Fringe-tree Old-Man's-Beard

The ethereal spring bloom of the fringe-tree, Chionanthus virginicus, qualifies this plant as one of North America’s most beautiful small flowering trees. Fringe-tree’s showy bloom delights any who visit this plant’s native habitats along streams, small rivers, and in drier sites at higher elevations throughout Virginia. Its unique natural beauty, longstanding use in horticultural settings, widespread distribution throughout the Commonwealth, and its distinctive biology have earned the fringe-tree recognition as the Wildflower of the Year, 1997

Common names for Chionanthus virginicus include fringe-tree, white fringe-tree, old-man’s beard, grancy gray-beard, and flowering ash. The literal translation of the generic name Chionanthus is snow flower, a reference to the graceful appearance of the snow-white flowers.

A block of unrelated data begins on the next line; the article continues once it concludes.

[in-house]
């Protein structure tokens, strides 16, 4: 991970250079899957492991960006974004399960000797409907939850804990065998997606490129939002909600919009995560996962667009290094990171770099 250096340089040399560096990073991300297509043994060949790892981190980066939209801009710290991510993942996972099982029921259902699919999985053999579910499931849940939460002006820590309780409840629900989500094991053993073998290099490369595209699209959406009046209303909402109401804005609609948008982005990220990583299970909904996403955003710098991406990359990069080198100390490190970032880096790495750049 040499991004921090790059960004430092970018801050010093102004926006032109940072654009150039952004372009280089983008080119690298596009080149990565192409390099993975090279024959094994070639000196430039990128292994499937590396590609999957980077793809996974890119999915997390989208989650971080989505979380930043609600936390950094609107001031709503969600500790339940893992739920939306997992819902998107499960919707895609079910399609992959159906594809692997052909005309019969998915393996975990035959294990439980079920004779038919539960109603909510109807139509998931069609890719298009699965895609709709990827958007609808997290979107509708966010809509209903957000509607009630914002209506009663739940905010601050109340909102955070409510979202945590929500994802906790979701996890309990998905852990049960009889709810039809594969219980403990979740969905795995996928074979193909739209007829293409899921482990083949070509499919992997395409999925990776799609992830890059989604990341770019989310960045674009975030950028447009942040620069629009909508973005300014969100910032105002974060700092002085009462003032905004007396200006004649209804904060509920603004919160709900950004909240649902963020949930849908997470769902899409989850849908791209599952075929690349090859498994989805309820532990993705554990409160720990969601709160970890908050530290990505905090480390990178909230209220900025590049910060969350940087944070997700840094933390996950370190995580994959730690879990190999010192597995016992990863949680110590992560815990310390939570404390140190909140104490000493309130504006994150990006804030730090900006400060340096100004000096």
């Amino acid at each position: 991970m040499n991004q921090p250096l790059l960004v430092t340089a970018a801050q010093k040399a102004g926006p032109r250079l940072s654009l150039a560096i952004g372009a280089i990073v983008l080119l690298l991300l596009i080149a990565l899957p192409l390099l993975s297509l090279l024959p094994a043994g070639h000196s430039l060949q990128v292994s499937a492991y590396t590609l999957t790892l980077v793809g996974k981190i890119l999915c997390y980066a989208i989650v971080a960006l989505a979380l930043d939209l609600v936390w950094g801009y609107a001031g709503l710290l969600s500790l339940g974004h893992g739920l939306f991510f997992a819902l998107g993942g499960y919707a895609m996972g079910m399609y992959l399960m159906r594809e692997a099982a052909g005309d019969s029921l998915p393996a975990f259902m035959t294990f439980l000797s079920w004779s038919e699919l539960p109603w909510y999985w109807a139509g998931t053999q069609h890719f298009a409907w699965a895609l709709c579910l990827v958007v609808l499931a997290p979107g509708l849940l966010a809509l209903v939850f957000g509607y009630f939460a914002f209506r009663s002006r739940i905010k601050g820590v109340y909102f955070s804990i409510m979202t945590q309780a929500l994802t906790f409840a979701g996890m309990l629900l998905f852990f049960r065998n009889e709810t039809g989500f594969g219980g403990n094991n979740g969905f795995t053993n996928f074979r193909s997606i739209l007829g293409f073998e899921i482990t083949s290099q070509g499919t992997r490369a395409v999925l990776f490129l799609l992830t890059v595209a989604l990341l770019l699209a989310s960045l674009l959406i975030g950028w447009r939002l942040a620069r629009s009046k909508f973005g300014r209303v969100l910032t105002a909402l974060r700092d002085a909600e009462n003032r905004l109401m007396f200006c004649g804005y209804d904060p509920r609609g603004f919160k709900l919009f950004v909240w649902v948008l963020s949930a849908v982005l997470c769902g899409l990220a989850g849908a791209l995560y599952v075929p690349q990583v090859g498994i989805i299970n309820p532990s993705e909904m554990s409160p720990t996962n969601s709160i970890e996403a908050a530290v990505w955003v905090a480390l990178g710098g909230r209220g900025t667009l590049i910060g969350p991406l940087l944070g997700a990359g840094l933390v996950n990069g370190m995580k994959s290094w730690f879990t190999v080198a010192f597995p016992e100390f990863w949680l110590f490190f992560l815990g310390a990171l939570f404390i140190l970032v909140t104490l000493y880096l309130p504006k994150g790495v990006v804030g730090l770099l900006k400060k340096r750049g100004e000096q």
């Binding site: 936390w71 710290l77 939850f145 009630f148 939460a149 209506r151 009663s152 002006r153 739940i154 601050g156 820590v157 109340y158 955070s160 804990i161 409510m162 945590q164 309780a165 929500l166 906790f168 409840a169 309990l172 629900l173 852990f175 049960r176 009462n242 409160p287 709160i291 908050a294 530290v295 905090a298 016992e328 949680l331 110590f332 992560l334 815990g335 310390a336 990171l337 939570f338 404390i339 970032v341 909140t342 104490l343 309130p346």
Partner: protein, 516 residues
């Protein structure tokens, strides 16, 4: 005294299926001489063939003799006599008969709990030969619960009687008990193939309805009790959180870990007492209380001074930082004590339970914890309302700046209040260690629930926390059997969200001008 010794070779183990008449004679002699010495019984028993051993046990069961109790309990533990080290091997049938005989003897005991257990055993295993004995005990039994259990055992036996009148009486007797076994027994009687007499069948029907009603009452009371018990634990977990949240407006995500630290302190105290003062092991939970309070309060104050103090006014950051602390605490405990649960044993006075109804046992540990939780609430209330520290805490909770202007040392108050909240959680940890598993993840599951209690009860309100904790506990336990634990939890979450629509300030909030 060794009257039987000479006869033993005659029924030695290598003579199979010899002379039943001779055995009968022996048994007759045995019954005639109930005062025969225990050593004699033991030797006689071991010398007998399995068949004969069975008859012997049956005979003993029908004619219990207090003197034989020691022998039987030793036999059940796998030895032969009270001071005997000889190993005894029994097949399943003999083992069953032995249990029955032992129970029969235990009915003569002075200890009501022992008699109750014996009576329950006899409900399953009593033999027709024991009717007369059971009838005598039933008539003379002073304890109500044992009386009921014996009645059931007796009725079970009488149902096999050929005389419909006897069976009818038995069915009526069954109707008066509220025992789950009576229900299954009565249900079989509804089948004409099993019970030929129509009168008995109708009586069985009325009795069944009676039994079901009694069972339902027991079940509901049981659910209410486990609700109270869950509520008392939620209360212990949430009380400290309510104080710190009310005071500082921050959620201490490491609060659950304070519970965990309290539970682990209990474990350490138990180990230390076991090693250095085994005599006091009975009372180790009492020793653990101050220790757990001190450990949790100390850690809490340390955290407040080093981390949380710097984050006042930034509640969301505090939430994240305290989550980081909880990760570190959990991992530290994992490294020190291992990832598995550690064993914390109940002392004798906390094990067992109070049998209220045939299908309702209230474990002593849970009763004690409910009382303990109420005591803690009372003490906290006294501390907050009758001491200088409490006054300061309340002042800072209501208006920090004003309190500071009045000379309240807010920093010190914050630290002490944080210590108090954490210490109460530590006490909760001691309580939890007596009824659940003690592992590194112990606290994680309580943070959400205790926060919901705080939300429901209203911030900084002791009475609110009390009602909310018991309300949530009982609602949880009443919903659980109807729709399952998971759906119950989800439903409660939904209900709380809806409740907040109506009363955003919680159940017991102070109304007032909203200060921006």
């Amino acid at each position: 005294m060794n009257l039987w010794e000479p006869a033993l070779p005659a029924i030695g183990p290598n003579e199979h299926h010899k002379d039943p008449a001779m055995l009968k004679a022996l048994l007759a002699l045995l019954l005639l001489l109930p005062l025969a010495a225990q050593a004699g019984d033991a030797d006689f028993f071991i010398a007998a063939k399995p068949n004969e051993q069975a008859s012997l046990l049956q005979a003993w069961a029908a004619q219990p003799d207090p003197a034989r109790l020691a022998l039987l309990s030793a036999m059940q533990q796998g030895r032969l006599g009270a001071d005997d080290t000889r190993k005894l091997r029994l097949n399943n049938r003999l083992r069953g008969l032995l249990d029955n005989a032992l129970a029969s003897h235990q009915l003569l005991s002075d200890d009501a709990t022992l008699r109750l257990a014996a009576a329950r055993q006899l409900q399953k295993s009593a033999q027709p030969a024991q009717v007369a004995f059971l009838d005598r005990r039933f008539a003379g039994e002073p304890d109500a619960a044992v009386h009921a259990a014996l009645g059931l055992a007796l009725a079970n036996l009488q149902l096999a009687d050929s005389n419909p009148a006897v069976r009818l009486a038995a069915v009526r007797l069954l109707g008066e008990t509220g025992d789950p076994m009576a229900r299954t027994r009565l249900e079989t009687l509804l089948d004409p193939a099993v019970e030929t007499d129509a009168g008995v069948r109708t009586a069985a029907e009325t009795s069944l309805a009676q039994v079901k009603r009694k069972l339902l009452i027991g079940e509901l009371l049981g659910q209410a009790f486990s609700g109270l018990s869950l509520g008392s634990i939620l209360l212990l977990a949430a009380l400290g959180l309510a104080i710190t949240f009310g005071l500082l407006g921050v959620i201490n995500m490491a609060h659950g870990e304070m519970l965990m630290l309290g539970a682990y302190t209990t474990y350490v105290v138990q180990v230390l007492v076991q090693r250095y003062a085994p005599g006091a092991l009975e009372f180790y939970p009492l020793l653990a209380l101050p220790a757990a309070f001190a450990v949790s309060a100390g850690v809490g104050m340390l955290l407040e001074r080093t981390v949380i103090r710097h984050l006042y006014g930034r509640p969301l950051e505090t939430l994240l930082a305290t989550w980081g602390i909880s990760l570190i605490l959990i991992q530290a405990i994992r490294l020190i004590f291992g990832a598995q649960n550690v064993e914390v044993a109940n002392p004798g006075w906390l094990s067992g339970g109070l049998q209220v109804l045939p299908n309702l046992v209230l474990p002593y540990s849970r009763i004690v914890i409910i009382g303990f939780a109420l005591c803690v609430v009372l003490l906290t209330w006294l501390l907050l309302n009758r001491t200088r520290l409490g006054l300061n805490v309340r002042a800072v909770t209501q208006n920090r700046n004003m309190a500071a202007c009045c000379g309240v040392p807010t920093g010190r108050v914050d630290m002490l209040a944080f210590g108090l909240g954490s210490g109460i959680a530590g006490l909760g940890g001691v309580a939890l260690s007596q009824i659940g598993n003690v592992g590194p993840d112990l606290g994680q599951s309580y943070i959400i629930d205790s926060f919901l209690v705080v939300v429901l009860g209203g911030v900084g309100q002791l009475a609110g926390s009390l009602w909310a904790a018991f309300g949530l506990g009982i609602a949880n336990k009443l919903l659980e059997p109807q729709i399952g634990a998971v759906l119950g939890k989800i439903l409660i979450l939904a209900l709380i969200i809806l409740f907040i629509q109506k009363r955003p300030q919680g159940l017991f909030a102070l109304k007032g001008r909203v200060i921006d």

The genus Chionanthus is a member of the olive family, the Oleaceae consisting of 29 genera and about 600 species of trees and shrubs, which are most common in southeastern Asia and Australasia. Economically important members of this genus include the edible olive, ashes used for lumber, and ornamental plants including Forsythia, gardenia, and privets. North American relatives of Chionanthus virginicus include the many ashes in the genus Fraxinus, the less well known devilwood, Osmanthus americanus, and four species of Forestiera, some of which bear the common name privet. The privets grown in gardens are members of the genus Ligustrum, none of which is native to North America.

There are only two species of fringe-tree: Chionanthus virginicus found in eastern North America and Chionanthus retusus native to China. This unusual biogeographic pattern, with different species within a genus found only in eastern North America and eastern Asia and separated by several thousand miles, is a product of major geologic events including mountain building and the effects ofglaciation. Familiar plants exhibiting this pattern include tulip poplar, Liriodendron, tupelo or sour gum, Nyssa, and the witch hazels, Hamamelis.

Next to read:

Fringe-tree in the Wild

Fringe-tree in the Garden an other uses

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